Remember that JS is the most used programming language in the world. While it may be a lightweight language by definition, you can achieve incredible things with the versatile language.
What is a lightweight programming language?
A lightweight programming language does not use much memory, is easy to implement and port over, and has simple syntax and features. Lightweight does not refer to the language’s capability or usefulness, even though it is thrown around as a way to insult certain languages used in development.
Generally, they have simple syntax so they are easier to learn. Plus they are generally easy to implement so have a few different flavors. There are numerous other lightweight languages which include:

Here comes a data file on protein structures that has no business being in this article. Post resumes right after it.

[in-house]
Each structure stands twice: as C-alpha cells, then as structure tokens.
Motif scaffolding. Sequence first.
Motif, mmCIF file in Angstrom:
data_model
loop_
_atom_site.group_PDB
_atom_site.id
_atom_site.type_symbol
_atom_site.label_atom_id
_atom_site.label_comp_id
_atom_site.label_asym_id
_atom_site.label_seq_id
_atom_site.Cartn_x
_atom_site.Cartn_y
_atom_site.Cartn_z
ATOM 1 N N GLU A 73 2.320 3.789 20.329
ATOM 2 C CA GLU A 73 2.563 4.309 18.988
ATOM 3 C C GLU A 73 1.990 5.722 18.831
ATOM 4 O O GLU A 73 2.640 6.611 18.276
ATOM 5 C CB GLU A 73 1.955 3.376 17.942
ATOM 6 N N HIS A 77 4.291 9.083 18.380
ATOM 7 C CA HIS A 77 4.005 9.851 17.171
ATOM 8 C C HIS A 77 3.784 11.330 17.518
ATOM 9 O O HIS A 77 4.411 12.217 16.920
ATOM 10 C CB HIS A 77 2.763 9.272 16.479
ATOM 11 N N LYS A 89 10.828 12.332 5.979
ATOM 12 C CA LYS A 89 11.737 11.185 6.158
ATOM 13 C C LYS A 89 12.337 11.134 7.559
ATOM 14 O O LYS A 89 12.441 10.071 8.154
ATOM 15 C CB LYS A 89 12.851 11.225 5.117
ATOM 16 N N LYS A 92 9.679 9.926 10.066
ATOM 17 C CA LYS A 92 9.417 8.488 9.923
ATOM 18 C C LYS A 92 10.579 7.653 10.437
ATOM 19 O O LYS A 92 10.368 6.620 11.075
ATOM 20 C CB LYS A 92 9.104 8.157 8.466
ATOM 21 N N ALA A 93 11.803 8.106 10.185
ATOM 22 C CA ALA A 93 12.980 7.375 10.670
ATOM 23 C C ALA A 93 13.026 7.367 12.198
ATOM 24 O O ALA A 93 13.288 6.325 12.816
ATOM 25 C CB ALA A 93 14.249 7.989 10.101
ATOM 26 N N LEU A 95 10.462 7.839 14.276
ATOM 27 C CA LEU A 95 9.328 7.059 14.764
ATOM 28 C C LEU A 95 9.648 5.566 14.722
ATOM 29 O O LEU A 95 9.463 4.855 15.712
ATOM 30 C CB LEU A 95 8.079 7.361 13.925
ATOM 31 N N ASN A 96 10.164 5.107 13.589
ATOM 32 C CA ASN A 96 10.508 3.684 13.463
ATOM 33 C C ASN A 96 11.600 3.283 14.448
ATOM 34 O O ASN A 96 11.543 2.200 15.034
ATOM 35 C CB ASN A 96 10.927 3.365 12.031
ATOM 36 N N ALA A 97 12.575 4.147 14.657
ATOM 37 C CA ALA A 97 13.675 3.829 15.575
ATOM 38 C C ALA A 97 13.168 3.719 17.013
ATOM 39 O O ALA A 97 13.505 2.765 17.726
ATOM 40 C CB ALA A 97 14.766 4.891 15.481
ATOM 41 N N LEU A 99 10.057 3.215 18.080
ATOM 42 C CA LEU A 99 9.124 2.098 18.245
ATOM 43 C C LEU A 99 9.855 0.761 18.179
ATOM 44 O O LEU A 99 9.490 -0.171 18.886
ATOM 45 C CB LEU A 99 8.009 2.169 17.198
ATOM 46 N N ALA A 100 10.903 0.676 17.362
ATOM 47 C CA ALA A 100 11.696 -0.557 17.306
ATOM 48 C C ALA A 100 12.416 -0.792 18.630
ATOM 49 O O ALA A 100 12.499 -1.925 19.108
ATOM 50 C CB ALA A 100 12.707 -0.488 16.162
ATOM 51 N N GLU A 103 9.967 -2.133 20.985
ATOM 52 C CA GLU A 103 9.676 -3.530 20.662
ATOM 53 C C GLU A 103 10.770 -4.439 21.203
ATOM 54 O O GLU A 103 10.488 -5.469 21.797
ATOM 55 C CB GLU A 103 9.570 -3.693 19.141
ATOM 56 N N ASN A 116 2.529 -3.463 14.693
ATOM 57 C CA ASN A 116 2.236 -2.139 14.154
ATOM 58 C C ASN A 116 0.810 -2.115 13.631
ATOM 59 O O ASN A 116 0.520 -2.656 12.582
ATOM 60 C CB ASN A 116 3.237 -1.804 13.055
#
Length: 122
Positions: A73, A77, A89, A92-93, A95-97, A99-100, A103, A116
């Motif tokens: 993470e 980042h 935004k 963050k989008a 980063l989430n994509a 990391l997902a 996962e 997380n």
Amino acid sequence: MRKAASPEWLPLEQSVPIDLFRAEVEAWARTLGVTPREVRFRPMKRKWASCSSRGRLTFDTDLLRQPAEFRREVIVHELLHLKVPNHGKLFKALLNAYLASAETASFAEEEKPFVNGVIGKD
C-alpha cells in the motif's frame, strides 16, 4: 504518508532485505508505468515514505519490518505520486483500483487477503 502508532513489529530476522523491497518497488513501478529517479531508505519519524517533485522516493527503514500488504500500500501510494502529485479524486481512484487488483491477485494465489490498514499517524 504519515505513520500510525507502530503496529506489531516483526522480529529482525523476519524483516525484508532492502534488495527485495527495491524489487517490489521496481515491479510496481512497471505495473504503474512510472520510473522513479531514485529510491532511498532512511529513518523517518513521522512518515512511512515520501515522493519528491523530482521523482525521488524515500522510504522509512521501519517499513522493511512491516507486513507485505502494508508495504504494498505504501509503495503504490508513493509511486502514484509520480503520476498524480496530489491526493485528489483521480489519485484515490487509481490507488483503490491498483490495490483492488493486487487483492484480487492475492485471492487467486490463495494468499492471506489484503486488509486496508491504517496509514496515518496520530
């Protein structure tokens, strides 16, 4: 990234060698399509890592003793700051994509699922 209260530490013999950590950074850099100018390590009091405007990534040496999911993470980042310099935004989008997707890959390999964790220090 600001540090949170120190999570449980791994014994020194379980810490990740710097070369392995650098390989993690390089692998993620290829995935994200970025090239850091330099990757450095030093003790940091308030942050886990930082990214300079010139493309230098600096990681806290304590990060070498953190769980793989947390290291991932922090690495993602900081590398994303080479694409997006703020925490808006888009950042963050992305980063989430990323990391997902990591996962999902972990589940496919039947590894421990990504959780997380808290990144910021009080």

- Lisp and its many implementations include newLISP, PicOLisp, and uLisp
If you read forums online you will see the word lightweight also used in a derogatory fashion between programmers of different languages. However, a lightweight programming language is well-defined and doesn’t rest on the opinion of internet trolls.
Let’s explore the different elements that comprise a lightweight language and see how JavaSript lines up.
Easy of use and learning
If you are looking to learn some syntax and tackle a few JS-focused programming problems HackerRank is a good place to start once you have nailed the basics.
Lightweight languages come with fewer built-in features than their heavyweight counterparts. It makes them great for getting set up and working with the language. However, it also means they are less powerful.
Nathan Britten, the founder and editor of Developer Pitstop, is a self-taught software engineer with nearly five years of experience in front-end technologies. Nathan created the site to provide simple, straightforward knowledge to those interested in technology, helping them navigate the industry and better understand their day-to-day roles.